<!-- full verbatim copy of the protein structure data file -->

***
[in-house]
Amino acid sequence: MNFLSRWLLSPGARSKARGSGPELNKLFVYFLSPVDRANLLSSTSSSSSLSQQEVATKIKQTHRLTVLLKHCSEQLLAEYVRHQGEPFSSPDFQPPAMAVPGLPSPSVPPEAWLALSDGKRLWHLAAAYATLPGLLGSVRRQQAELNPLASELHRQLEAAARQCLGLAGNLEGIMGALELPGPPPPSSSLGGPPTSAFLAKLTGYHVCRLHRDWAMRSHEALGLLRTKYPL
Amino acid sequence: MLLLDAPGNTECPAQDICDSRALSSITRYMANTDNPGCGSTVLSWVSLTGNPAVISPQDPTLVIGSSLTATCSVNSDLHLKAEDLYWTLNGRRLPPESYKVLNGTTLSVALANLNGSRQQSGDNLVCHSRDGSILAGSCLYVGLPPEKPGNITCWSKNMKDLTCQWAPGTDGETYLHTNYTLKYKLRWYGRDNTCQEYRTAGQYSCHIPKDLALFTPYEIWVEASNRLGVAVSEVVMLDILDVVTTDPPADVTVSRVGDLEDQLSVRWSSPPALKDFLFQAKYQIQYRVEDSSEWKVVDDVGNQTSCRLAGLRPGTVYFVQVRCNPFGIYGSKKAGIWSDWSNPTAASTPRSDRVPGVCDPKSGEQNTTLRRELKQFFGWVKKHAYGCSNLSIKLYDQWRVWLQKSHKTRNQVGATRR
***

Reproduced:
[in-house]
Amino acid sequence: MNFLSRWLLSPGARSKARGSGPELNKLFVYFLSPVDRANLLSSTSSSSSLSQQEVATKIKQTHRLTVLLKHCSEQLLAEYVRHQGEPFSSPDFQPPAMAVPGLPSPSVPPEAWLALSDGKRLWHLAAAYATLPGLLGSVRRQQAELNPLASELHRQLEAAARQCLGLAGNLEGIMGALELPGPPPPSSSLGGPPTSAFLAKLTGYHVCRLHRDWAMRSHEALGLLRTKYPL
Amino acid sequence: MLLLDAPGNTECPAQDICDSRALSSITRYMANTDNPGCGSTVLSWVSLTGNPAVISPQDPTLVIGSSLTATCSVNSDLHLKAEDLYWTLNGRRLPPESYKVLNGTTLSVALANLNGSRQQSGDNLVCHSRDGSILAGSCLYVGLPPEKPGNITCWSKNMKDLTCQWAPGTDGETYLHTNYTLKYKLRWYGRDNTCQEYRTAGQYSCHIPKDLALFTPYEIWVEASNRLGVAVSEVVMLDILDVVTTDPPADVTVSRVGDLEDQLSVRWSSPPALKDFLFQAKYQIQYRVEDSSEWKVVDDVGNQTSCRLAGLRPGTVYFVQVRCNPFGIYGSKKAGIWSDWSNPTAASTPRSDRVPGVCDPKSGEQNTTLRRELKQFFGWVKKHAYGCSNLSIKLYDQWRVWLQKSHKTRNQVGATRR